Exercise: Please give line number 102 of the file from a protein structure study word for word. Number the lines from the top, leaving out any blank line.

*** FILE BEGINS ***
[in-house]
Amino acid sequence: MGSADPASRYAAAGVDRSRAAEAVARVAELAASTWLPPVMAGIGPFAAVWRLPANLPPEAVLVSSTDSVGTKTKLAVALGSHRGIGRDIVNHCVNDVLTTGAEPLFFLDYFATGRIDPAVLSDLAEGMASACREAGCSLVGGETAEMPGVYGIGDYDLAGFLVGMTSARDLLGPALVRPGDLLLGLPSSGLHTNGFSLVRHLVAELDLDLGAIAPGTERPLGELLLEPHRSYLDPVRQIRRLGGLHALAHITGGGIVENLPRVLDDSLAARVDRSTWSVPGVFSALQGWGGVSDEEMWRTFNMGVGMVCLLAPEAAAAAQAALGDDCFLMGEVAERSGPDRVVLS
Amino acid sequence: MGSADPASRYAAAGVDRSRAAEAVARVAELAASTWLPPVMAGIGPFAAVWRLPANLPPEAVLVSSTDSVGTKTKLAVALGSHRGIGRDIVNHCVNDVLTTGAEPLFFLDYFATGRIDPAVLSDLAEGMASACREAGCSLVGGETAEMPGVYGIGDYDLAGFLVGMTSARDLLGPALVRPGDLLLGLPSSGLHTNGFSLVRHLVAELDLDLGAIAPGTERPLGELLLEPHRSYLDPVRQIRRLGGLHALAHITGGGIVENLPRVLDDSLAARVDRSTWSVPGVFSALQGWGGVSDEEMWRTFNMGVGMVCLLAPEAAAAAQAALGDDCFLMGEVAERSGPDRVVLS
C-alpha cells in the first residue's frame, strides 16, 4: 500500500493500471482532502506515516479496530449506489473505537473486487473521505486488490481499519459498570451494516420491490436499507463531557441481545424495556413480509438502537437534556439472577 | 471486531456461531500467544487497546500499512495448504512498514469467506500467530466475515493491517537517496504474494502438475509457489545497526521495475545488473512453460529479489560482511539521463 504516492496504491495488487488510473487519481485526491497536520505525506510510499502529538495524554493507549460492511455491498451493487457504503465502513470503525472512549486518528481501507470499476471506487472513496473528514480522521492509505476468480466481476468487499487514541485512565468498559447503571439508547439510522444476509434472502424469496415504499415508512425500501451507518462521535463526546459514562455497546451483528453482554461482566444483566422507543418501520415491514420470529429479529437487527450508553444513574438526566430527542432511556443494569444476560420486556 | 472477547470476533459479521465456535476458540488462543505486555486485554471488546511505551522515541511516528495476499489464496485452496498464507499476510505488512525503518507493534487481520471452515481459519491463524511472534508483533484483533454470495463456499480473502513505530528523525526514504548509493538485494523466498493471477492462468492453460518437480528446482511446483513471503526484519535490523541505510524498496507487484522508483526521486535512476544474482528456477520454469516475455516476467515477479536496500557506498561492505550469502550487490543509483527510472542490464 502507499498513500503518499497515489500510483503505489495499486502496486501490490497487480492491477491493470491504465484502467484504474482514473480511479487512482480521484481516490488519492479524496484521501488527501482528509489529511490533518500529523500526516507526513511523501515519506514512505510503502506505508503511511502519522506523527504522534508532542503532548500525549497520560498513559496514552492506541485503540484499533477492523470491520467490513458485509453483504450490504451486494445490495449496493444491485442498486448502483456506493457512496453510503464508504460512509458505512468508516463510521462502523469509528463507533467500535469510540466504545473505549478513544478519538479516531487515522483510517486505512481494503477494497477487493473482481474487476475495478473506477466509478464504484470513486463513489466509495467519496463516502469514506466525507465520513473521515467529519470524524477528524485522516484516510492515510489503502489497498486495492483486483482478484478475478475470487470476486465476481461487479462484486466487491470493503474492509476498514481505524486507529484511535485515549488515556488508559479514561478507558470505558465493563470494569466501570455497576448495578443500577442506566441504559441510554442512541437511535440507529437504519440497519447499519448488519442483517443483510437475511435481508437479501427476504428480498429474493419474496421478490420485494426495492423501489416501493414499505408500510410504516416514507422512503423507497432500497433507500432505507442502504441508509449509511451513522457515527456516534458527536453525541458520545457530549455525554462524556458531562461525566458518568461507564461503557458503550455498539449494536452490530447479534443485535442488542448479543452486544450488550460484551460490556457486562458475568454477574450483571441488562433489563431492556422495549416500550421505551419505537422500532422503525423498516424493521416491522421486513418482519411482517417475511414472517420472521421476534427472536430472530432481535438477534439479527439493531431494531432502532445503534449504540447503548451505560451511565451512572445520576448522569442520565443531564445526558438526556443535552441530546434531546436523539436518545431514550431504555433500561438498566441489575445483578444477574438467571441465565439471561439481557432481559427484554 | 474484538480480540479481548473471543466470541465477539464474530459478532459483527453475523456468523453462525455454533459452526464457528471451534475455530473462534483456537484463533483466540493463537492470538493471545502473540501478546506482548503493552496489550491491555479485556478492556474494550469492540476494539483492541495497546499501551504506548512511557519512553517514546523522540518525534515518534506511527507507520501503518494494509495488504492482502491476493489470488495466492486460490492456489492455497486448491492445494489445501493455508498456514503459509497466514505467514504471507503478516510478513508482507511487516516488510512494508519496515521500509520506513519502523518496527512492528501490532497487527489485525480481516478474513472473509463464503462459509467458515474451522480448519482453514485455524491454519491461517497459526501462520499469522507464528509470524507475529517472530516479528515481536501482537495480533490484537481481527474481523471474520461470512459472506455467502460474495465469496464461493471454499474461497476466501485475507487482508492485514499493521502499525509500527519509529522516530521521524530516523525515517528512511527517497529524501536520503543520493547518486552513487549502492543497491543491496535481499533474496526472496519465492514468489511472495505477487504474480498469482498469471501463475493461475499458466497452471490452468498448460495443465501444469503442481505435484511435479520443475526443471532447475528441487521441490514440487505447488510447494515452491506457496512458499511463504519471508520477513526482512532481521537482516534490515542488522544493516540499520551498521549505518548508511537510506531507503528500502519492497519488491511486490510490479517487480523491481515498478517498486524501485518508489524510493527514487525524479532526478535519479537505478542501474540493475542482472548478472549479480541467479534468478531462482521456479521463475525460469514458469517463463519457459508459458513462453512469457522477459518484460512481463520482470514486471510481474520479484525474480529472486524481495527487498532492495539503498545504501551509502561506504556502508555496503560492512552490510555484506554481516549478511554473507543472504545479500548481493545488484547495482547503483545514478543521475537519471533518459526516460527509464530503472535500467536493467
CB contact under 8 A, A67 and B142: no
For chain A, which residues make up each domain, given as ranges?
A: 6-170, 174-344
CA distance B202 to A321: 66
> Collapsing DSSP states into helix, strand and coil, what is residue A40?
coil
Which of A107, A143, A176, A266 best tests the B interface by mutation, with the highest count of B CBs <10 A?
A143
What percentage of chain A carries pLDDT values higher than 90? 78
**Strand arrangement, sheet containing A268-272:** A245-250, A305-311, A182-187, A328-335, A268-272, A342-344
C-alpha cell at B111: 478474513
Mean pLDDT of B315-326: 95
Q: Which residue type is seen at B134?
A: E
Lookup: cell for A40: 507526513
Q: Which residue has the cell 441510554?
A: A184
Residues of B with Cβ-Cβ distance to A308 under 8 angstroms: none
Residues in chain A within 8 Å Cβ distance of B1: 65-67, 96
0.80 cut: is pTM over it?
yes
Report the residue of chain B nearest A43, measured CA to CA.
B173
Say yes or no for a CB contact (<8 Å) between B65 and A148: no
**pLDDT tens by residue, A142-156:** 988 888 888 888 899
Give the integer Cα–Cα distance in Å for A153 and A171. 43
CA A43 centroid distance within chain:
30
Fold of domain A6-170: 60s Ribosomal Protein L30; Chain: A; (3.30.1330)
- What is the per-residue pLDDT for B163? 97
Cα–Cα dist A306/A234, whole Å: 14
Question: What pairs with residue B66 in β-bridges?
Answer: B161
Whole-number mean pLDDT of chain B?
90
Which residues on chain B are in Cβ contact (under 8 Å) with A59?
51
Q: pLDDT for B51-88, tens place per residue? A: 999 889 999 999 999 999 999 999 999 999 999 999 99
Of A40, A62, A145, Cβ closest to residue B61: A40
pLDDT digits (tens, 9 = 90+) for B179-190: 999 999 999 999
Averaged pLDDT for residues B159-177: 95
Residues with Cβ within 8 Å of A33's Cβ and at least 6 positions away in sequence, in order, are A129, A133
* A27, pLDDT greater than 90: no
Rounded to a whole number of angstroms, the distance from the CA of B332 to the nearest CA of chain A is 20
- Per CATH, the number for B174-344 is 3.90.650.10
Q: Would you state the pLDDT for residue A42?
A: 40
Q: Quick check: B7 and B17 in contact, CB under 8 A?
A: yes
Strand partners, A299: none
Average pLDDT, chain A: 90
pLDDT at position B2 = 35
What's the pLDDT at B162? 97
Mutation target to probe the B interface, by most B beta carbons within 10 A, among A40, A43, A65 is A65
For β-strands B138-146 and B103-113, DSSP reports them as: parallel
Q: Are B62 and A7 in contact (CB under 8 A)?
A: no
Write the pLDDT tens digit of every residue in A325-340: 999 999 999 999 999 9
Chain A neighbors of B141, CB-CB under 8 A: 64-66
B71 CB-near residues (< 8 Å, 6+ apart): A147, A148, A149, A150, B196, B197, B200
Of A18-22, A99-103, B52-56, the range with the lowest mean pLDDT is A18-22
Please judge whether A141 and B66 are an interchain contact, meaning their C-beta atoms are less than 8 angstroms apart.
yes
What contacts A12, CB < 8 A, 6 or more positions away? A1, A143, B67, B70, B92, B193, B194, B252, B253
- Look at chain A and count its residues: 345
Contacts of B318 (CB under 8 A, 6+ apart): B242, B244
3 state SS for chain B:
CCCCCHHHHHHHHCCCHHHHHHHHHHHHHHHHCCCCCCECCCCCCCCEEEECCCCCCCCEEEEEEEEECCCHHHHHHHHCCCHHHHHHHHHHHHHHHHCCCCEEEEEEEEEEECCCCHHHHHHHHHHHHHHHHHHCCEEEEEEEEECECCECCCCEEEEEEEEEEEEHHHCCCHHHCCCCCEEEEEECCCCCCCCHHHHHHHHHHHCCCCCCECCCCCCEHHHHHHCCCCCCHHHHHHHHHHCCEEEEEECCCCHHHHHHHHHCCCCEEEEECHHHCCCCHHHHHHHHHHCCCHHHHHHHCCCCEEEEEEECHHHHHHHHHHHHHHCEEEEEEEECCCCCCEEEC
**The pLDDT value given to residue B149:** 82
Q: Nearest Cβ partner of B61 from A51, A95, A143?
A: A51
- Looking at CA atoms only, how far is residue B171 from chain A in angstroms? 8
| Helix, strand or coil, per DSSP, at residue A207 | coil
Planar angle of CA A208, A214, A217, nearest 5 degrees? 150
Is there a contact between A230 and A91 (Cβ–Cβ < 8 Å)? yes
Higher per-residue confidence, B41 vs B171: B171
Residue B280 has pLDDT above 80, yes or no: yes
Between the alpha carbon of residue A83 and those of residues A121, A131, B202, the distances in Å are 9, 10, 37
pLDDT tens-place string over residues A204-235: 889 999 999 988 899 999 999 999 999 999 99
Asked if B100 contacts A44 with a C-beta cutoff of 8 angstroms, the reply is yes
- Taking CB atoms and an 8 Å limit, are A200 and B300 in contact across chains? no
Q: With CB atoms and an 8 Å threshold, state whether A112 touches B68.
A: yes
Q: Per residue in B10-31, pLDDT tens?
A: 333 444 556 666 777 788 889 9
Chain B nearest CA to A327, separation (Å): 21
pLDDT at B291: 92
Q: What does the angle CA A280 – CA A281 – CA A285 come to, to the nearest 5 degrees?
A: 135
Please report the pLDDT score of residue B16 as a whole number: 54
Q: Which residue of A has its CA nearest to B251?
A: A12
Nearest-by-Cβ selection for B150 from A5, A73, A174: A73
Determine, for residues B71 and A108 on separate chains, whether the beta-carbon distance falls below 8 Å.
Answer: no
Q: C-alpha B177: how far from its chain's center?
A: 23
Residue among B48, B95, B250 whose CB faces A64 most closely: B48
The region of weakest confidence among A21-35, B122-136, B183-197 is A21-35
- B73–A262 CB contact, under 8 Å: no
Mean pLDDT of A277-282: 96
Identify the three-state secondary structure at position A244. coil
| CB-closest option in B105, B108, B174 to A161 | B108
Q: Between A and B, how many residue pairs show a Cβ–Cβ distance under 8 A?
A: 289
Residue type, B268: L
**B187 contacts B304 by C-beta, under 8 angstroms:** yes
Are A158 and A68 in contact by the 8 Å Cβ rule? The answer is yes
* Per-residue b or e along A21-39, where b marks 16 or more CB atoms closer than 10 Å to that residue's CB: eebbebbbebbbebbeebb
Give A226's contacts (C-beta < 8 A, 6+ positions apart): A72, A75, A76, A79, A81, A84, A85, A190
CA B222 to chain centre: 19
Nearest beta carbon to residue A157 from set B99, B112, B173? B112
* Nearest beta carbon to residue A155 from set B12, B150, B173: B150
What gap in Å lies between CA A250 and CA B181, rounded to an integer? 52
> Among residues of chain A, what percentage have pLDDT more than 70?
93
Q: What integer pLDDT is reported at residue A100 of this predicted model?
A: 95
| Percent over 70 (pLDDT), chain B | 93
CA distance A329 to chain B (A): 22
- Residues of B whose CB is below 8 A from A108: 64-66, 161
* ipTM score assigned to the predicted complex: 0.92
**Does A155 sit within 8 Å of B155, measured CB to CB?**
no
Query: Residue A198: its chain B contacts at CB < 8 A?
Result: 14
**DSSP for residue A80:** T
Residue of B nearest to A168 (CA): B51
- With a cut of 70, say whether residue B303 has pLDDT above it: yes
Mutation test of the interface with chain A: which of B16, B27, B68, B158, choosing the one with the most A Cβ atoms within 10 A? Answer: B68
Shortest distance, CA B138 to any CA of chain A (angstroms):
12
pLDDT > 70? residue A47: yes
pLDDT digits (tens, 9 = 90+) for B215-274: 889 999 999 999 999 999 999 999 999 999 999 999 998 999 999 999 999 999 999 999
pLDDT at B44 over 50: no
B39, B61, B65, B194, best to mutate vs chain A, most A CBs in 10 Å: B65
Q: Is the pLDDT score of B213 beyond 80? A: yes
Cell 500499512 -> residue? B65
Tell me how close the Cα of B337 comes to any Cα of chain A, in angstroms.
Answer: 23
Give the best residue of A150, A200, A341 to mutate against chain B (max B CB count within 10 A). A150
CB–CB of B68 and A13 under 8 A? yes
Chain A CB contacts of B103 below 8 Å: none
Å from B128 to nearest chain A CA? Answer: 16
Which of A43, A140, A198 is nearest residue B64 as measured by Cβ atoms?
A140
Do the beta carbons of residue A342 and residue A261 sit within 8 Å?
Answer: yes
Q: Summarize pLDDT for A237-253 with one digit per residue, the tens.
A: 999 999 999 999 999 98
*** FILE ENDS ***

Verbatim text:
Residue among B48, B95, B250 whose CB faces A64 most closely: B48